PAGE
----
American telecommunications giant, AT&T has reached a deal to buy Time Warner, CNN for $85.4 billion.
The acquisition which reflects the company’s desire to amass reputable TV and film content to diversify its massive but mature business of providing Internet access.
In the cash-and-stock deal confirmed by AT&T and Time Warner late Saturday, AT&T will pay $107.50 per share of Time Warner.
Time Warner Corporation owns media outfits HBO, CNN, TNT, TBS, Warner Bros., theme parks, Bleacher Report and a 10% stake in streaming service Hulu.
The deal, approved by the boards of both companies, is expected to close before the end of 2017.
AT&T chairman and CEO, Randall Stephenson confirmed the development saying:
“This is a perfect match of two companies with complementary strengths.
“Who can bring a fresh approach to how the edia and communications industry works for customers, content creators, distributors and advertisers.
“Premium content always wins. It has been true on the big screen, the TV screen and now it’s proving true on the mobile screen.”
The deal, if approved by regulators, would be one of the largest acquisitions ever in the telecom-media sector.
This acquisition further confirms AT&T’s grand plan to control sizable market shares in both content and distribution businesses.
A prospect that will surely trigger concern and scrutiny among federal regulators and consumer rights advocates.
Time Warner Chairman and CEO Jeff Bewkes said in a statement:
“Joining forces with AT&T will allow us to innovate even more quickly and create more value for consumers along with all our distribution and marketing partners.”
A year ago, AT&T shocked Wall Street by paying $48.5 billion to buy satellite TV provider DirecTV.
This gave it instant access to nearly all domestic markets for selling its pay-TV service and Internet-TV bundles.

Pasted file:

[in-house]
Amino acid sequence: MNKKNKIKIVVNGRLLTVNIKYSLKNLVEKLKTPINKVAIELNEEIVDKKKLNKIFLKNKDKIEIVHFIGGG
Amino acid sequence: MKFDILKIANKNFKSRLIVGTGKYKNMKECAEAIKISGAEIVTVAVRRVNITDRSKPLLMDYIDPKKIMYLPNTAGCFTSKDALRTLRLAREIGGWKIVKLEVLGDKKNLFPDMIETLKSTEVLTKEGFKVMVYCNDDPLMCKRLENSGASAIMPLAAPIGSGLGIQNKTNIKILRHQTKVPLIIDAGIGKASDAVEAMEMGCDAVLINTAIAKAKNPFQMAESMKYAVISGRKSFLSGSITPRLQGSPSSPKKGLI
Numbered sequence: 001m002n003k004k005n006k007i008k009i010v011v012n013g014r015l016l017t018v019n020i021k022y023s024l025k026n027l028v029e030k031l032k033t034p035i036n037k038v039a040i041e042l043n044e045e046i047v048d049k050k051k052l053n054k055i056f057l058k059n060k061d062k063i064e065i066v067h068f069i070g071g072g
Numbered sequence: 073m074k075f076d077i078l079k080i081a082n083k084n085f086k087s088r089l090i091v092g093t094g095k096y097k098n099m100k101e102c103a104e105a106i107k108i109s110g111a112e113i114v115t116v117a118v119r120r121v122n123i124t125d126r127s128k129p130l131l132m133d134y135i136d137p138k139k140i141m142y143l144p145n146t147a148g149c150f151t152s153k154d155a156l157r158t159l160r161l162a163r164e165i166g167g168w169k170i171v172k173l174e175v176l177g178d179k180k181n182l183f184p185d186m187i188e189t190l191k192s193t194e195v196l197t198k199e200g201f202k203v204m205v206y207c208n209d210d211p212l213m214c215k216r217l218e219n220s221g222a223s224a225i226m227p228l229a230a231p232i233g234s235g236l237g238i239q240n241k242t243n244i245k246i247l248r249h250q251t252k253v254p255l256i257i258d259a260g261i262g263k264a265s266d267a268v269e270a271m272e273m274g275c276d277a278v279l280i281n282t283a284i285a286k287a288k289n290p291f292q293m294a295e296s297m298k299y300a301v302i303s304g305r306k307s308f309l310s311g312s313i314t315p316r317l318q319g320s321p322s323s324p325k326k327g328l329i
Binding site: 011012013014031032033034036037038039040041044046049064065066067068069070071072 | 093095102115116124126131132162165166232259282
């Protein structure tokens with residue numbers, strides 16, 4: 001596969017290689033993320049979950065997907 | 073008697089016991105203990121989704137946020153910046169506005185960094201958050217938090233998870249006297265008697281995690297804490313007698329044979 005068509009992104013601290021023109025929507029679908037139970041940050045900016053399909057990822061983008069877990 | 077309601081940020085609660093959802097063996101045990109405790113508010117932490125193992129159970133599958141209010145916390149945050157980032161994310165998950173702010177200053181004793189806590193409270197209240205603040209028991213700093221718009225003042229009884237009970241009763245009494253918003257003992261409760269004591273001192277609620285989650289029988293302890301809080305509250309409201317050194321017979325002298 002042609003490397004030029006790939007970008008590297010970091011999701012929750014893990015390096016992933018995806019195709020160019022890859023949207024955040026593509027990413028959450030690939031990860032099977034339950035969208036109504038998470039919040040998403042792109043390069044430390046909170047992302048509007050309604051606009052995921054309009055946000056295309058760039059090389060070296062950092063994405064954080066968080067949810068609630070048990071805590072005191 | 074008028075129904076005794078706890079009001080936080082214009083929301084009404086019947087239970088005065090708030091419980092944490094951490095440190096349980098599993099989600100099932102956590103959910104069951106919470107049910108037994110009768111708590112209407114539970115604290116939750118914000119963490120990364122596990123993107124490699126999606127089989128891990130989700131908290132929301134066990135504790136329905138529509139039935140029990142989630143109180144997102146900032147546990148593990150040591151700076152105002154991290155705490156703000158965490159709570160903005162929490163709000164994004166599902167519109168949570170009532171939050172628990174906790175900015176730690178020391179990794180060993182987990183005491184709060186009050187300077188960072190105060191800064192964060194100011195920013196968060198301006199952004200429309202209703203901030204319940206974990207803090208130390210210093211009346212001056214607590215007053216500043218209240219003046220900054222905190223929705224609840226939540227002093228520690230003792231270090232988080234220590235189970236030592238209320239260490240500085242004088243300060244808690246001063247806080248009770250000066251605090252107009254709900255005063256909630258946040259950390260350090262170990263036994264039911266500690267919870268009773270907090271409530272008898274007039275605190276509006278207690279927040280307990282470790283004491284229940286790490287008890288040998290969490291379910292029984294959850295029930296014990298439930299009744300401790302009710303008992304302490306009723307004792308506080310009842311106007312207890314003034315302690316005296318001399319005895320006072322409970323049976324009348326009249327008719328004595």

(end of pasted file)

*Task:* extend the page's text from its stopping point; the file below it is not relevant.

Analysts suggested at the time that AT&T would look to beef up its content offerings to fully seize the benefits of the acquisition.
Offerings already made attractive by DirecTV’s NFL Sunday Ticket deal.
AT&T’s growth strategy also entails the need to evolve its main business lines — providing Internet and wireless services.
Time Warner, HBO, CNN, TNT, TBS, Warner Bros., Acquired By AT&T
With the integration of DirecTV largely completed, AT&T planned on focusing on buying more media and entertainment content companies.
Similar concerns also drove Verizon to pay $4.8 billion to buy Yahoo’s core businesses, including Yahoo Sports and Yahoo Finance.
Verizon also paid $4.4 billion to buy AOL a year earlier.
AT&T also has plans to provide its own video streaming services to compete with Netflix and Amazon in the coming months.
In July 2014, 21st Century Fox, controlled by billionaire mogul Rupert Murdoch, offered to pay about $80 billion for Time Warner, or $84 a share.
If completed, it would have been, at the time, the largest media merger since the disastrous AOL purchase of Time Warner for $162 billion in 2000.
A month later, Murdoch withdrew the offer after Time Warner Chairman and CEO Jeff Bewkes said his company was worth more and rejected it.
Time Warner once owned a cable TV service business, but spun it off in 2009 to focus on media content.
Time Warner Cable, the spun-off business, was acquired by Charter Communications last year for $56 billion.